Enquiry notices: tax returns, timing, postage and proof
David Whiscombe recommends checking the date.
HMRC have an unfettered right to enquire into any tax return for any year.
However, there is a time limit for their doing so. When a return for a tax year has been filed on time (that is, in most cases, by 31 January following the end of the tax year) the time limit for giving a notice of enquiry expires on the anniversary of filing. If it’s filed late or is amended after filing, different enquiry time limits apply.
So when is a notice of enquiry “given”? It’s when it is actually received: not when HMRC issue it. Where a notice is posted, the law deems it to have been “given” at the time when the letter would be delivered in the ordinary course of post. But (and it’s an important but) this deeming applies only unless the contrary is proved.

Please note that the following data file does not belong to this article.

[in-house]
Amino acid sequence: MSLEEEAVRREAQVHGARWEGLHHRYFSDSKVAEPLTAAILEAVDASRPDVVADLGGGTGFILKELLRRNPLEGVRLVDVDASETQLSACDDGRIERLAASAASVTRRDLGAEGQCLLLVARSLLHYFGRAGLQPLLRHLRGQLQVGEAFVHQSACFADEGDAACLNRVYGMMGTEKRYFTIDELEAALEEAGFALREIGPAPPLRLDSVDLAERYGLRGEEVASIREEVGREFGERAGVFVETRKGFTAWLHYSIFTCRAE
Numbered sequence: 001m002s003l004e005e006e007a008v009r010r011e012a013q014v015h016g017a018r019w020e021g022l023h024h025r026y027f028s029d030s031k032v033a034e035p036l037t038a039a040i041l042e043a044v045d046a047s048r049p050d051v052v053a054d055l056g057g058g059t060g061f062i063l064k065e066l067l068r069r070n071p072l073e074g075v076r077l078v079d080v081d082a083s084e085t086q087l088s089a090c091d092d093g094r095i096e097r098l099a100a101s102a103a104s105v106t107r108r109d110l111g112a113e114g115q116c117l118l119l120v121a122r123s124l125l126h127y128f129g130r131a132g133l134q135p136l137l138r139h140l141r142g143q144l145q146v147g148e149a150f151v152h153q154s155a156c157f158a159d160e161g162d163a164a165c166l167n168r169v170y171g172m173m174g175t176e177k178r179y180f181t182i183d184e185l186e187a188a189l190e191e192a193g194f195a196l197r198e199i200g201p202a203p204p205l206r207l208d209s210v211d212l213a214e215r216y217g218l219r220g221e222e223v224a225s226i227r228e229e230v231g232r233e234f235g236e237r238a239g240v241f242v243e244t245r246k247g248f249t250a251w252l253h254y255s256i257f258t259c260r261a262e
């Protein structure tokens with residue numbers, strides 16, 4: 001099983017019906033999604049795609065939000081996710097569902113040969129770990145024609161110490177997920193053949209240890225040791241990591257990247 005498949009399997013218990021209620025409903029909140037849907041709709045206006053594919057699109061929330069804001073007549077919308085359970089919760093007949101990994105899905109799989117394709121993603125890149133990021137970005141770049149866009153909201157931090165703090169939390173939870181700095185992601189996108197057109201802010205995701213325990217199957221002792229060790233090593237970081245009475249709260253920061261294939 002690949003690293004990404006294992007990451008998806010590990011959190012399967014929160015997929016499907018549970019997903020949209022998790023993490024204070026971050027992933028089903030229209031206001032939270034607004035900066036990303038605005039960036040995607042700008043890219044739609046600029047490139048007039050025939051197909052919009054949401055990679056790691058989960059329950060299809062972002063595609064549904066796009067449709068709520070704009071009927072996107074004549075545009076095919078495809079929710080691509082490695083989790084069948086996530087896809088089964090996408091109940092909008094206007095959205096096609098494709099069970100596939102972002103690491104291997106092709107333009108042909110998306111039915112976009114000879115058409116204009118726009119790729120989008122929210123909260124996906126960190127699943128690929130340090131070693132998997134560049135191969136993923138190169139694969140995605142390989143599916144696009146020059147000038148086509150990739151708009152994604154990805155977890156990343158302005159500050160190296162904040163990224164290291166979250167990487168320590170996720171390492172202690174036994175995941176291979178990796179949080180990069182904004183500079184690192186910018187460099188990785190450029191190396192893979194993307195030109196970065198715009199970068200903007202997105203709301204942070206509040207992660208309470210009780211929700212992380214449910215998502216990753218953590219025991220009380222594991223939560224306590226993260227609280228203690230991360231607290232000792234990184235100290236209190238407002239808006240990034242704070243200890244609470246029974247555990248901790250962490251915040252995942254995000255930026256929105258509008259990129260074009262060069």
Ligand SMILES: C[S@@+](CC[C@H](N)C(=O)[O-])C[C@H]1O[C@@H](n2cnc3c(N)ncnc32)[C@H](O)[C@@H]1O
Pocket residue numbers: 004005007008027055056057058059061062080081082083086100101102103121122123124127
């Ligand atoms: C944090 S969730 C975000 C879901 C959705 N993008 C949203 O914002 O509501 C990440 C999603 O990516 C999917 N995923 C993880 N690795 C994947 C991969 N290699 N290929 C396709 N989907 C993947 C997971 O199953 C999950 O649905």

This means that if you can show that you did not in fact receive the notice until after the expiry of the time limit, the notice is invalid. The reason for the delay doesn’t matter: but the onus is on you to show that it was delivered late.
For example, assume you filed your 2016/17 tax return on 31 January 2018. On 1 February 2019 a letter arrives from HMRC (dated 28 January – or 28 December, come to that: the date on the letter doesn’t matter) announcing HMRC’s intention to enquire into the return. Too bad: it’s too late. Even if HMRC can show that the letter was posted on time and postage properly paid and that it ought to have arrived on time, the assumption that it did so arrive is displaced by the facts.
For more information, please get in touch with your usual BKL contact or use our enquiry form.